Leukaemia Age Range


Leukaemia does not adhere to a specific age range, making it imperative for individuals of all ages to remain vigilant about potential symptoms. If any symptoms are observed, seeking consultation with a healthcare professional and undergoing blood tests is advised. Leukaemia can impact individuals across diverse age groups, with certain types being more prevalent in specific demographics.


Young individuals often face a diagnosis of acute lymphoblastic leukaemia, a condition commonly found in children. The upside is its high responsiveness to treatment, leading to a considerable success rate. In contrast, acute myeloblastic leukaemia tends to exhibit an increased incidence with age, particularly in the elderly demographic, where it is most commonly diagnosed.


Blood Cancer Treatment



Chemotherapy, along with specialised medications, constitutes a primary treatment avenue for chronic leukaemia. This therapeutic approach is not limited to a specific age group and is frequently observed in individuals of advanced age. Managing chronic leukaemia involves navigating through various treatment options, with chemotherapy standing out as a prominent choice. However, it is noteworthy that chemotherapy, while targeting leukaemia cells, also affects normal cells.


Targeted Treatment

Another viable treatment alternative is Targeted Treatment, designed to mitigate side effects. Immunotherapy specifically addresses leukaemia proteins, thereby minimising adverse reactions. A pivotal aspect of treatment is bone marrow transplant, with the timing and type contingent on the patient's disease and response. Determining when to execute a bone marrow transplant hinges on the patient's disease stage and the availability of a suitable donor.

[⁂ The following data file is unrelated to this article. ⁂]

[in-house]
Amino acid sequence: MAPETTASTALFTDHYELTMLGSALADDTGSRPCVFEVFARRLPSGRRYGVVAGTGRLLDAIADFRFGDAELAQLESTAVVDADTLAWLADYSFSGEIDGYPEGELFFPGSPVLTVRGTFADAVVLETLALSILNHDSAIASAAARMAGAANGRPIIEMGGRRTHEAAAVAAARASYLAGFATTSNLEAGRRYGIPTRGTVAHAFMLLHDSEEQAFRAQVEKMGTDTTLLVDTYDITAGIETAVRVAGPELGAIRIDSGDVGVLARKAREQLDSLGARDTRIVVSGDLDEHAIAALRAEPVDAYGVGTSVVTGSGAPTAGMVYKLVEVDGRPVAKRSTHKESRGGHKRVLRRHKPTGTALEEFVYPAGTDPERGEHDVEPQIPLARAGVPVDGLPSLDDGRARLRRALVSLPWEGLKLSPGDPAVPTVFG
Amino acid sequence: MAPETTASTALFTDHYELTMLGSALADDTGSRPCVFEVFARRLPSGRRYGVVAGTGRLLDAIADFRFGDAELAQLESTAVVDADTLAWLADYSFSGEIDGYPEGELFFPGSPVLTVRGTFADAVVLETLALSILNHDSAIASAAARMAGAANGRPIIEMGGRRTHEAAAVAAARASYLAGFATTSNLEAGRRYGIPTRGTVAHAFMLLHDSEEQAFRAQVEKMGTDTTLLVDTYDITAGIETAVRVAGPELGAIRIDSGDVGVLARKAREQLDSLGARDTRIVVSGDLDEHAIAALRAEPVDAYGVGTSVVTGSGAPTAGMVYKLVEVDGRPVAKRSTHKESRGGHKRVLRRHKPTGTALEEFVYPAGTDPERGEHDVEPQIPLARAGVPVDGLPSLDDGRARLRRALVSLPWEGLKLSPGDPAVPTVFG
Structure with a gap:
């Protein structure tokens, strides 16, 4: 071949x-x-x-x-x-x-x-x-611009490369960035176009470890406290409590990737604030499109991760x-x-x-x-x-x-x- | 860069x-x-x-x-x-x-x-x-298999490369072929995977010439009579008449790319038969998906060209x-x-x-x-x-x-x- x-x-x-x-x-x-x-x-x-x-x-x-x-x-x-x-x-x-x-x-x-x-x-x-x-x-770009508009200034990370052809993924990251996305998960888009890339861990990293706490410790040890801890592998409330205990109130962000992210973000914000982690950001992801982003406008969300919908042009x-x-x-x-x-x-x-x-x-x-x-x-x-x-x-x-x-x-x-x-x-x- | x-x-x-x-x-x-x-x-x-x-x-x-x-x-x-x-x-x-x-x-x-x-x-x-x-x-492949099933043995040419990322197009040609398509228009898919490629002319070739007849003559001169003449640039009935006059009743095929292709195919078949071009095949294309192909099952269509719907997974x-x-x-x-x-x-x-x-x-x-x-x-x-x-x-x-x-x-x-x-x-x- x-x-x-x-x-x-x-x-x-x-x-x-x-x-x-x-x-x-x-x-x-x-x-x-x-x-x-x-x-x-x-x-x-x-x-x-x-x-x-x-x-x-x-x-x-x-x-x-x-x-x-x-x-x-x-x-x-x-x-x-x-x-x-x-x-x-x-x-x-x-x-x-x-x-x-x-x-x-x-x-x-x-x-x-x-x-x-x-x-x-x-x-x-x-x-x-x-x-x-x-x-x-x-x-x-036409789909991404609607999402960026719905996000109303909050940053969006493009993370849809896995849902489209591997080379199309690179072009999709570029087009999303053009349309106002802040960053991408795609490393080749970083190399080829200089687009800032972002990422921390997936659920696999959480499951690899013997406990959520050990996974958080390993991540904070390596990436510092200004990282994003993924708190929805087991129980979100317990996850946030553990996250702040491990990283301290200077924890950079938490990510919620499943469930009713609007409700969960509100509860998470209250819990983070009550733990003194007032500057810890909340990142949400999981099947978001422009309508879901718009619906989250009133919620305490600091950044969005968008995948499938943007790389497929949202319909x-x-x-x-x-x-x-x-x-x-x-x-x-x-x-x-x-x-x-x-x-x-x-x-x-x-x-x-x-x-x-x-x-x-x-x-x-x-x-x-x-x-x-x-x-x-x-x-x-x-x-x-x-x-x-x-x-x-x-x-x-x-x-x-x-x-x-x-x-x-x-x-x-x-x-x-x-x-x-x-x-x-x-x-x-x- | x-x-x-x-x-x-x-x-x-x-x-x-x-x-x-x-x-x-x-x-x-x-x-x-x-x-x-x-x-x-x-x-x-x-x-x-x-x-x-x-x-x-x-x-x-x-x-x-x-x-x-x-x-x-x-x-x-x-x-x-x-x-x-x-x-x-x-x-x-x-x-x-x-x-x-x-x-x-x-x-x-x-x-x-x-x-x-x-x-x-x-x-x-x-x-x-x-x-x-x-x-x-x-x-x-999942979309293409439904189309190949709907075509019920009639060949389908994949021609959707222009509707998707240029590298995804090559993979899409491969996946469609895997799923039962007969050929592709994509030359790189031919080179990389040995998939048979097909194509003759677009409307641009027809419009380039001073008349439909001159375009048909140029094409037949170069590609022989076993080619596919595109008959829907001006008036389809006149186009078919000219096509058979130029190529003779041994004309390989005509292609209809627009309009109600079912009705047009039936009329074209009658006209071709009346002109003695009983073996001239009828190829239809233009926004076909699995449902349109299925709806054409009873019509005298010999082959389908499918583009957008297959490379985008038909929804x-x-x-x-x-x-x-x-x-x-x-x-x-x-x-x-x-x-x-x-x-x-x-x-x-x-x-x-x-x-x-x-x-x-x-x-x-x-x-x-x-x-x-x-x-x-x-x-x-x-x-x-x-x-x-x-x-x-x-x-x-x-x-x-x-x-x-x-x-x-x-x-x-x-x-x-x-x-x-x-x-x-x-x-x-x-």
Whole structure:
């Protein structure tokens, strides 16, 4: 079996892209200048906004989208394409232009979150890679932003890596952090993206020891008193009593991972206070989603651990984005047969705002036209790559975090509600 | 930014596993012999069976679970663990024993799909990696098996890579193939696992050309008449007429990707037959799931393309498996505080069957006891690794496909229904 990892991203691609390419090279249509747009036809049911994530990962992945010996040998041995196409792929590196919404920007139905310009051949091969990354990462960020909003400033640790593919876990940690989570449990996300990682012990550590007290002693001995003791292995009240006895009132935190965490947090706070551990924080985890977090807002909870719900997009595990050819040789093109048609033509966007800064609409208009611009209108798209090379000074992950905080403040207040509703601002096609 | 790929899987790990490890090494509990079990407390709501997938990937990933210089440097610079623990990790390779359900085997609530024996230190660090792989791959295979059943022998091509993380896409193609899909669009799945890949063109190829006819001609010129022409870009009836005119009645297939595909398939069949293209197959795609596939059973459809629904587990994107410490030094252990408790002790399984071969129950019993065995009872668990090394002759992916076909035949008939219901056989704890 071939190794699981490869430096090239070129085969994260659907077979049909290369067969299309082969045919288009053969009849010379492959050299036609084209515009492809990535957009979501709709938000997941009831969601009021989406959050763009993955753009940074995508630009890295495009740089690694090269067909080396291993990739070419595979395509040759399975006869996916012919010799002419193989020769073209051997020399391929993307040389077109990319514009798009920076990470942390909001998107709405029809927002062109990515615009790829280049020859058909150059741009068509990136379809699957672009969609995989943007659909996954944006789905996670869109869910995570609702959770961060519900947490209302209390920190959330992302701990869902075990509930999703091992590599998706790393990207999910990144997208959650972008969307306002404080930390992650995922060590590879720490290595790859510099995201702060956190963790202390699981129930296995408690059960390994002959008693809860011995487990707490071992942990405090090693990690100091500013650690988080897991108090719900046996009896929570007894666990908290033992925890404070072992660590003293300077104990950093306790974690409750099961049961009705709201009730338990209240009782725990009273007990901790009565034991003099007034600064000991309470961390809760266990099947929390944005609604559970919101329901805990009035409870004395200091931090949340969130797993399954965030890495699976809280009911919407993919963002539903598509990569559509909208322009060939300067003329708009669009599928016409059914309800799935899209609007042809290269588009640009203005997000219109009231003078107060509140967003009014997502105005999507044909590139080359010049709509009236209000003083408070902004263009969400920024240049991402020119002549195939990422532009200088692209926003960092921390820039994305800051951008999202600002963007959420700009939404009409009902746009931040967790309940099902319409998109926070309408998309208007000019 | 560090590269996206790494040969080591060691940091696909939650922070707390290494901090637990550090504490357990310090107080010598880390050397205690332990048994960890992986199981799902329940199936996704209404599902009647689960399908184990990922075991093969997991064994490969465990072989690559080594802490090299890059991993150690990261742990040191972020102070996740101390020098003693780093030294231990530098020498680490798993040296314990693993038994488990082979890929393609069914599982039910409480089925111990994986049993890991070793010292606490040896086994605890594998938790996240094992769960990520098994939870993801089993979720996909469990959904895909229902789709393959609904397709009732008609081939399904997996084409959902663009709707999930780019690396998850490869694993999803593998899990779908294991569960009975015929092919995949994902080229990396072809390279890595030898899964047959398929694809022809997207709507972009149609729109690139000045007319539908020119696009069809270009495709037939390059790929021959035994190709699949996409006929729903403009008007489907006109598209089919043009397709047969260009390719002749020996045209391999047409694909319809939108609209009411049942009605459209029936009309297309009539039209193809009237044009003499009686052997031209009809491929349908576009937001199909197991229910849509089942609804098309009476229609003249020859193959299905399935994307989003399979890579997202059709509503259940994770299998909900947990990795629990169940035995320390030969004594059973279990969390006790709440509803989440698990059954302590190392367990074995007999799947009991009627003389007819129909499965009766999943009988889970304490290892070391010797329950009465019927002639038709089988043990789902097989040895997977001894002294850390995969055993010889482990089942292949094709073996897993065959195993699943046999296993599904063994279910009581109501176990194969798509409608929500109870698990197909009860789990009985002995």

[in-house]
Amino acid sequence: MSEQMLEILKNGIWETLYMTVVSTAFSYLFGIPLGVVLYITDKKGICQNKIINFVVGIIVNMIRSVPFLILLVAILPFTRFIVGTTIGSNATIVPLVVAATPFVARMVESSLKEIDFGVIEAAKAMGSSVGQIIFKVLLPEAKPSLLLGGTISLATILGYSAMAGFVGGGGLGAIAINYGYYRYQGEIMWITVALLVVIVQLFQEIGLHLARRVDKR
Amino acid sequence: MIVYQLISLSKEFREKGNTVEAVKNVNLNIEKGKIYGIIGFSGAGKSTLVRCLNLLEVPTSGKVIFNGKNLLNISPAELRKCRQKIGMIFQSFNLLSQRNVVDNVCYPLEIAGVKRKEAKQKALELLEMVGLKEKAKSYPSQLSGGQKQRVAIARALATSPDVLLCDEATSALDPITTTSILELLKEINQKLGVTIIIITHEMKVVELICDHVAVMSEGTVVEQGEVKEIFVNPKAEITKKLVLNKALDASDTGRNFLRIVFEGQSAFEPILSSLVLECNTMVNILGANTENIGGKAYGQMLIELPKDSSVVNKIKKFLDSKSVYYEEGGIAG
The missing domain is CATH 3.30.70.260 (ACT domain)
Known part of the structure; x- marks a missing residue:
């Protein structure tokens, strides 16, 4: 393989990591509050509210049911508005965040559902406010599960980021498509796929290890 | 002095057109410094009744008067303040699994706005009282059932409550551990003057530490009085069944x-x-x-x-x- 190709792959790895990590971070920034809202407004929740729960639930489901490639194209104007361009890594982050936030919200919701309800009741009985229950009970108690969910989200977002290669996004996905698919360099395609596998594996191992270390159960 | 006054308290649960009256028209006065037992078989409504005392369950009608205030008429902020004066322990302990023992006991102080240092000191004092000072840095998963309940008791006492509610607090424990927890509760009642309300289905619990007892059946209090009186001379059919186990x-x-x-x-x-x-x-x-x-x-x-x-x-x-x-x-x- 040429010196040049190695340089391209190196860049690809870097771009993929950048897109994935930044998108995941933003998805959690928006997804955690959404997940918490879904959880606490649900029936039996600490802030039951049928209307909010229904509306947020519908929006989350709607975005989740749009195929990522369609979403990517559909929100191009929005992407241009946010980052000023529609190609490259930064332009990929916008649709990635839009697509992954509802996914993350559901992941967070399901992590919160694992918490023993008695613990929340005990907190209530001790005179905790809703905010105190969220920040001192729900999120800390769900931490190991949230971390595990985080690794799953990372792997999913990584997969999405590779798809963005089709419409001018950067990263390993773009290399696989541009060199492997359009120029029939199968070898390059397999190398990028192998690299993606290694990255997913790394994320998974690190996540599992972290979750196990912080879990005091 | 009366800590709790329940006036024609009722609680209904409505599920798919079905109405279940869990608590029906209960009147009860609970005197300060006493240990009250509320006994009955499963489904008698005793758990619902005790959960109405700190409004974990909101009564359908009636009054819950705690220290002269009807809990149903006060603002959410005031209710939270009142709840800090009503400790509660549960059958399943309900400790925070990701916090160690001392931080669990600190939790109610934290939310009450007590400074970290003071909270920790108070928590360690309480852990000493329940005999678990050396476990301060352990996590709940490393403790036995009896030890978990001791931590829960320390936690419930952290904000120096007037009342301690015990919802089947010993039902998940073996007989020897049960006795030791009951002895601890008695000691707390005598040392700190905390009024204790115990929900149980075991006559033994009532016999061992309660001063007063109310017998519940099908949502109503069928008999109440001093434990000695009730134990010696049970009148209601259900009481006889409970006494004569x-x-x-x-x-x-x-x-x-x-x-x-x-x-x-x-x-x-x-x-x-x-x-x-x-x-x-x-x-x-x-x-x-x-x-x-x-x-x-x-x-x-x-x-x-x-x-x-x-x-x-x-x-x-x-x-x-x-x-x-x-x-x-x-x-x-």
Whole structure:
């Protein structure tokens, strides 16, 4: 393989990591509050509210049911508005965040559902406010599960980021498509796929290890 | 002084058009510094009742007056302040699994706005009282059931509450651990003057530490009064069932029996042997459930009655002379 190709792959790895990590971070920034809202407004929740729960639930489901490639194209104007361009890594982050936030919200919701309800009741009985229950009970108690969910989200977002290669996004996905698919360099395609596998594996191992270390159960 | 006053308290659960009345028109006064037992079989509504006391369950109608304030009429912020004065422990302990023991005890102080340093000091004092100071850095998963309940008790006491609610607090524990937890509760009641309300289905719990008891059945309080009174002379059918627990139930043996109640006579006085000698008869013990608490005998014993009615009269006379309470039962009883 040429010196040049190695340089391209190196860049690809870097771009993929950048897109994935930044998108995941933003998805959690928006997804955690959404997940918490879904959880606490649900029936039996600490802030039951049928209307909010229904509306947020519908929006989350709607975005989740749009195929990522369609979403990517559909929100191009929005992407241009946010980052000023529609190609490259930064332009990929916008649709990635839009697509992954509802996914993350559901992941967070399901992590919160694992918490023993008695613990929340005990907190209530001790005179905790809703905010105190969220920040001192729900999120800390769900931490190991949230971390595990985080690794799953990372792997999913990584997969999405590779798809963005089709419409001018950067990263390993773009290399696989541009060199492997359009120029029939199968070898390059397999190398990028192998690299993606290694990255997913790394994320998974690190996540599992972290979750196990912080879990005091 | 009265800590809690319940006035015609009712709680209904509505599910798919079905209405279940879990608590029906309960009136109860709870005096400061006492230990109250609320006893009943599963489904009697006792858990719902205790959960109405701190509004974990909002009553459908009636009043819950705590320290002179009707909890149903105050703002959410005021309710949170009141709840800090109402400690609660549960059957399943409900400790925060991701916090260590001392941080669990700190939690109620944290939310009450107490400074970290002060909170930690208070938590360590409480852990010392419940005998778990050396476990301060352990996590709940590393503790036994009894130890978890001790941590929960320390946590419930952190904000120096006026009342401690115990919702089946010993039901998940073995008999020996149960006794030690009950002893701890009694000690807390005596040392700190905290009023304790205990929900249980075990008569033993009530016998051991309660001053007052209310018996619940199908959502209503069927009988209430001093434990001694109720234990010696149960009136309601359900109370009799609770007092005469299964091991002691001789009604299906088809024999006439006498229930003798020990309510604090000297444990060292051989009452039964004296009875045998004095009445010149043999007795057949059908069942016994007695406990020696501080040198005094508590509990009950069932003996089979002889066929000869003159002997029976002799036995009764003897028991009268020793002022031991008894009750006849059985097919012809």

Bone Marrow Transplant 

Treating leukaemia, especially during remission, or when the disease isn't actively present, sees Bone Marrow Transplant as a viable option. This substantially diminishes the risk of leukaemia coming back and finds applicability in treating conditions like lymphomas and myeloma.


Most people think that Bone Marrow Transplant End-Stage Treatment is exclusively for advanced stages of leukaemia. However, they are deployed in the early stages of laukaemia also. The transplant process commences when the body is cancer-free, with the primary goal of preventing infections and maintaining a disease-free state. The significance of the transplant becomes evident after other medical treatments, effectively reducing the chances of disease reappearance.


The advantages of transplantation aren't confined to leukaemia; they extend to diseases like lymphoma or myeloma, playing a pivotal role in preventing disease recurrence. Transplanted cells linger in the body for an extended period, ensuring the prolonged effectiveness of the treatment. Distinguishing itself from other therapeutic approaches, Bone Marrow Transplant involves donor cells remaining in the body for an extended duration, contributing to cancer eradication and long-term control. In conjunction with supplementary treatments, bone marrow can be utilised to augment the overall effectiveness of the transplant.


This blog has been converted from the PR Article - Blood Cancer Treatment: बोन मैरो कैंसर क्या होता है? एक्सपर्ट से जानिए इसके प्रकार, टेस्टिंग और ट्रीटमेंट

Dr Nitin Sood
Bone Marrow Transplant
Meet The Doctor